• Well, your attitude seems to be, “I’ve gotten lucky playing Russian Roulette so far, so guess it’s working for me.” But in terms of the potential for latent malware or devastating ransomware, all it takes is one quick shot to steal your personal data or lose your entire hard disk.

      Most people do not have the capacity or desire to readily forsake their financial investment, their software license, or their computer’s security – and often only experts are truly able to tell which packaging is genuine vs. counterfeit, unopened or not.

      According to a recent IDC study:

      IDC estimates that one third of PC software in the world is counterfeit. Because of the link between counterfeit software and IT security issues from malware, this poses a real danger for consumers, enterprises, and nations.

      Given current demonstrated infection rates, if you use pirated software (either deliberately or inadvertently), chances are 1 in 3 that in the process of obtaining or using pirated software you will encounter dangerous malware.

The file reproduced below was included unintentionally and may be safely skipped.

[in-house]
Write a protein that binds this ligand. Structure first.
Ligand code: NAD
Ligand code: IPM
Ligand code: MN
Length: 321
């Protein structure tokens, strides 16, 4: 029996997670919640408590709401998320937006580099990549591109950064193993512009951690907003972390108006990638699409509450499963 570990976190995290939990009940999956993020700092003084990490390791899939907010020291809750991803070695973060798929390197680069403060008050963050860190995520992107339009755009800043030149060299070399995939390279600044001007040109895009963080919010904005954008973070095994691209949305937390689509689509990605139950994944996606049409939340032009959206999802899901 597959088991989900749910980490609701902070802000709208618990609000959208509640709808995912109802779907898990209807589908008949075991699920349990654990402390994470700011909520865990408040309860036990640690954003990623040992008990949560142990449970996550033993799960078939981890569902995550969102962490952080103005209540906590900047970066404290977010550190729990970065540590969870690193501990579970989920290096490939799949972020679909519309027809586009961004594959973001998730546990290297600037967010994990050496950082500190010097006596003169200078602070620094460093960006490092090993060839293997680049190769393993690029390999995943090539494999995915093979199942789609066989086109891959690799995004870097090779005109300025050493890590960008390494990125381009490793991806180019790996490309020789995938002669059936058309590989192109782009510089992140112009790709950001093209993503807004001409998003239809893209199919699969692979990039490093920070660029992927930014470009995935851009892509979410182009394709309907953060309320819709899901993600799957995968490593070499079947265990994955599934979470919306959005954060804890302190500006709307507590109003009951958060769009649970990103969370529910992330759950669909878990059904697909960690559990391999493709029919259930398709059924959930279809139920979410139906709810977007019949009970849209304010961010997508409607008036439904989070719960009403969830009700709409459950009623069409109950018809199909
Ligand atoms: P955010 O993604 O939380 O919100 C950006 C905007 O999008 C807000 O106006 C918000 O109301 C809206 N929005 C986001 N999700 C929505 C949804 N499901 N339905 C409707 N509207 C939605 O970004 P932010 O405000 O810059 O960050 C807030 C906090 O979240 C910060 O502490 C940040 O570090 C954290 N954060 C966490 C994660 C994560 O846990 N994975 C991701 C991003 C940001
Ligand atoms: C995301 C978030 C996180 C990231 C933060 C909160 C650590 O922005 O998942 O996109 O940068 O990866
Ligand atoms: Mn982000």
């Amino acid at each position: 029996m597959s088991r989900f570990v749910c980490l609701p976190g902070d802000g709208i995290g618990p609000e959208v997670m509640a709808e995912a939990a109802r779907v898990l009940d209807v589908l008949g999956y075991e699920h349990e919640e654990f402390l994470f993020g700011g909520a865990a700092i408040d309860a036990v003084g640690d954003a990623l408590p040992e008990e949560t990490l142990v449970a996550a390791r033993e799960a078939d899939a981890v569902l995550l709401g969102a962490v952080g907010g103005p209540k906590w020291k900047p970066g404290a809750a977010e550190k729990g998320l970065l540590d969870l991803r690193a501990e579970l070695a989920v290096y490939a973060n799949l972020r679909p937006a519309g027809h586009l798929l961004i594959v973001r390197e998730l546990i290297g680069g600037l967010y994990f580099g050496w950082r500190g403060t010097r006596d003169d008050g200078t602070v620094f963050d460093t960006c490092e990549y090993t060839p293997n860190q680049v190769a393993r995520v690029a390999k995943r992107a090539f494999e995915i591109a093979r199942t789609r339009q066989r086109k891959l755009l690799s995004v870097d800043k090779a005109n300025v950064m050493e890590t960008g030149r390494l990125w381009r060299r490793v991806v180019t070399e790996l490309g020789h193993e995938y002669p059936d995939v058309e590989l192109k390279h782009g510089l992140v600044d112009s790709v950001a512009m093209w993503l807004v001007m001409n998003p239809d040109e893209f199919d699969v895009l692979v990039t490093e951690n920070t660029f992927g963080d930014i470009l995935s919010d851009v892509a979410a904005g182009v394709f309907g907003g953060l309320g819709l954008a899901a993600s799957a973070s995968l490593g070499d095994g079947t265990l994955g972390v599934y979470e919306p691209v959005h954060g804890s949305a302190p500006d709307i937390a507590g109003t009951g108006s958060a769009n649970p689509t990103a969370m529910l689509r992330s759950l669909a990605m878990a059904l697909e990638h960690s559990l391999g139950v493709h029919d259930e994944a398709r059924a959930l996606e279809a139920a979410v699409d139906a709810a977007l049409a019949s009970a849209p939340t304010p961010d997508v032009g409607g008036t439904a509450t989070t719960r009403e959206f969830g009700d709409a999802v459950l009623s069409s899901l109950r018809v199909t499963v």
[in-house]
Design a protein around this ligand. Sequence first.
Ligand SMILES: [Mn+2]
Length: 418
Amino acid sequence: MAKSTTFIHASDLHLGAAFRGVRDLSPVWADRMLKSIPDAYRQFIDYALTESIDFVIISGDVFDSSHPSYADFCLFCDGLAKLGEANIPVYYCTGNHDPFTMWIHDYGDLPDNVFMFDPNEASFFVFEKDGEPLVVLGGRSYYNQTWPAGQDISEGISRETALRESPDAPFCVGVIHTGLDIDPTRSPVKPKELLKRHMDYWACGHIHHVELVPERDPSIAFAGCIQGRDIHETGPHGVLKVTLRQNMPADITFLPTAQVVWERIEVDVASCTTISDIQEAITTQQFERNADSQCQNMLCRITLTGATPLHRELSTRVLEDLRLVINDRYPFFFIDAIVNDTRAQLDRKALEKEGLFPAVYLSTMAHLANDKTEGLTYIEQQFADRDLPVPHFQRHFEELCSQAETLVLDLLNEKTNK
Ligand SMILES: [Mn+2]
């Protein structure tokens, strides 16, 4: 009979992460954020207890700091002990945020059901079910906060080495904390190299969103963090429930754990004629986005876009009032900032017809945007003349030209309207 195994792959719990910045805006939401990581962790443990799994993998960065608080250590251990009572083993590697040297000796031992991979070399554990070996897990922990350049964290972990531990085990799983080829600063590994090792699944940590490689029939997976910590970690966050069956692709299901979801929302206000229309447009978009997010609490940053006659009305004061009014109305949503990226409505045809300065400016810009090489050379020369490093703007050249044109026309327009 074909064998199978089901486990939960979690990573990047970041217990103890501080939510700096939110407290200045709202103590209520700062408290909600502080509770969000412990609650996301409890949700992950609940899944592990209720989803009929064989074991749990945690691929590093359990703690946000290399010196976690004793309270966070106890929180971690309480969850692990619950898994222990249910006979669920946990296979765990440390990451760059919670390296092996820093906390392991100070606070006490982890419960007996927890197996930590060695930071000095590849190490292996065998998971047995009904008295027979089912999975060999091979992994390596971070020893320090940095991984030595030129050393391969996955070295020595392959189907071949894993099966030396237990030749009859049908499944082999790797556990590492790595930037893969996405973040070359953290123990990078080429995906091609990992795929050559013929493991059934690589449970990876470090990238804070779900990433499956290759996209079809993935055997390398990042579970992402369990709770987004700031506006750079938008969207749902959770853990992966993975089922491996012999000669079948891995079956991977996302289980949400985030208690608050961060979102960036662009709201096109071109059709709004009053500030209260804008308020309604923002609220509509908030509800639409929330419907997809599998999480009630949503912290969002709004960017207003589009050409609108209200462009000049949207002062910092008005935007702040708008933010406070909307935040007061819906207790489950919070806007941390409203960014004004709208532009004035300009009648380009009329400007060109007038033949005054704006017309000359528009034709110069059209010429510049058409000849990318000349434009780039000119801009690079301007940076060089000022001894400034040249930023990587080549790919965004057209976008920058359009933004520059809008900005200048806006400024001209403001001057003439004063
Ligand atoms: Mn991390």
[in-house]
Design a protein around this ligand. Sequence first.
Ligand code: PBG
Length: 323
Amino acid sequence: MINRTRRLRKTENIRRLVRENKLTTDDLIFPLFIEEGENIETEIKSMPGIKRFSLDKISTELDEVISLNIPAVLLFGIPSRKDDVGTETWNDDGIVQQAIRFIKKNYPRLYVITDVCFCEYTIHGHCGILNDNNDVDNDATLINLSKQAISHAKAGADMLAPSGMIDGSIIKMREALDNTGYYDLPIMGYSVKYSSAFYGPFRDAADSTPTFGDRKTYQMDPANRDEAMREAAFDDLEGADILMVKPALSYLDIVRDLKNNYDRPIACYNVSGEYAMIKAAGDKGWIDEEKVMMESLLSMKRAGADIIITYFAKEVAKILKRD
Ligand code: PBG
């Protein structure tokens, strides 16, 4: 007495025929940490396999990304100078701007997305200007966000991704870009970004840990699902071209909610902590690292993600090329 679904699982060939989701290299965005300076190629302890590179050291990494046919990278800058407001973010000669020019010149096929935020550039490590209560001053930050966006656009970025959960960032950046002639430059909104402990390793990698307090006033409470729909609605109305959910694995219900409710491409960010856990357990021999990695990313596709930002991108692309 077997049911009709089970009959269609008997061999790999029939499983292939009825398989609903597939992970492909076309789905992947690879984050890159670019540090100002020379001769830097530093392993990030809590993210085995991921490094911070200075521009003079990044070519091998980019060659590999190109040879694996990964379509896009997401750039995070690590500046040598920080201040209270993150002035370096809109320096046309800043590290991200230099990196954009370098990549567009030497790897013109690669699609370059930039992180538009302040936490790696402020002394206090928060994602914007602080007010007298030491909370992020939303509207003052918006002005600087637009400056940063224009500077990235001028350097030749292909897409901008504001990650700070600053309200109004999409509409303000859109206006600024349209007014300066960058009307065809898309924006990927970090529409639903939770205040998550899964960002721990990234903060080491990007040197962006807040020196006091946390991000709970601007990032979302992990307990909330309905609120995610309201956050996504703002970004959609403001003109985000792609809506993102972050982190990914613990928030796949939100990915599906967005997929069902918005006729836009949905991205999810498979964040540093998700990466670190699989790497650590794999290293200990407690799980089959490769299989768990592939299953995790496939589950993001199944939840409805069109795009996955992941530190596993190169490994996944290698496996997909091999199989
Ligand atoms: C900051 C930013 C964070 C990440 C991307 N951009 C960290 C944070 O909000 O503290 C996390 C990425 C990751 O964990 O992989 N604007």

As a result of malware from counterfeit software, IDC estimates that consumers worldwide will waste 1.5 billion hours this year dealing with it. However, it is not just lost time and money to fix the problem, but also the risk of lost data and identity theft.

  7. @ProDesignTools

    Whilst I agree that my purchasing an apparently unwanted CS6 Master Collection via eBay was at best risky and any software purchases this way should not to be repeated by anyone, I must add a few comments.

    1. I only ever installed on one PC.
    2. Adobe still deleted any reference to my registering and using CS6 so killed my evidence of usage. (It is now too late for the police to pursue the seller.)
    3. Despite Adobe’s claim of unable to recognise the serial number, Adobe DID originally confirm the provided serial number as valid and should have recognised it was owned by another or queried how I had it. See online chat below.

    Extract from October 2012 conversation with Adobe:-

    Umang: Thank you for contacting Adobe chat support. My name is Umang, I have received your query. Please allow me a moment to review the details of your request.
    Umang: May I please have your e-mail id and full name registered with Adobe?
    robert: "email addr provided"
    robert: Robert MacLaren
    Umang: Thanks for the information. Please allow me a moment while I locate your account.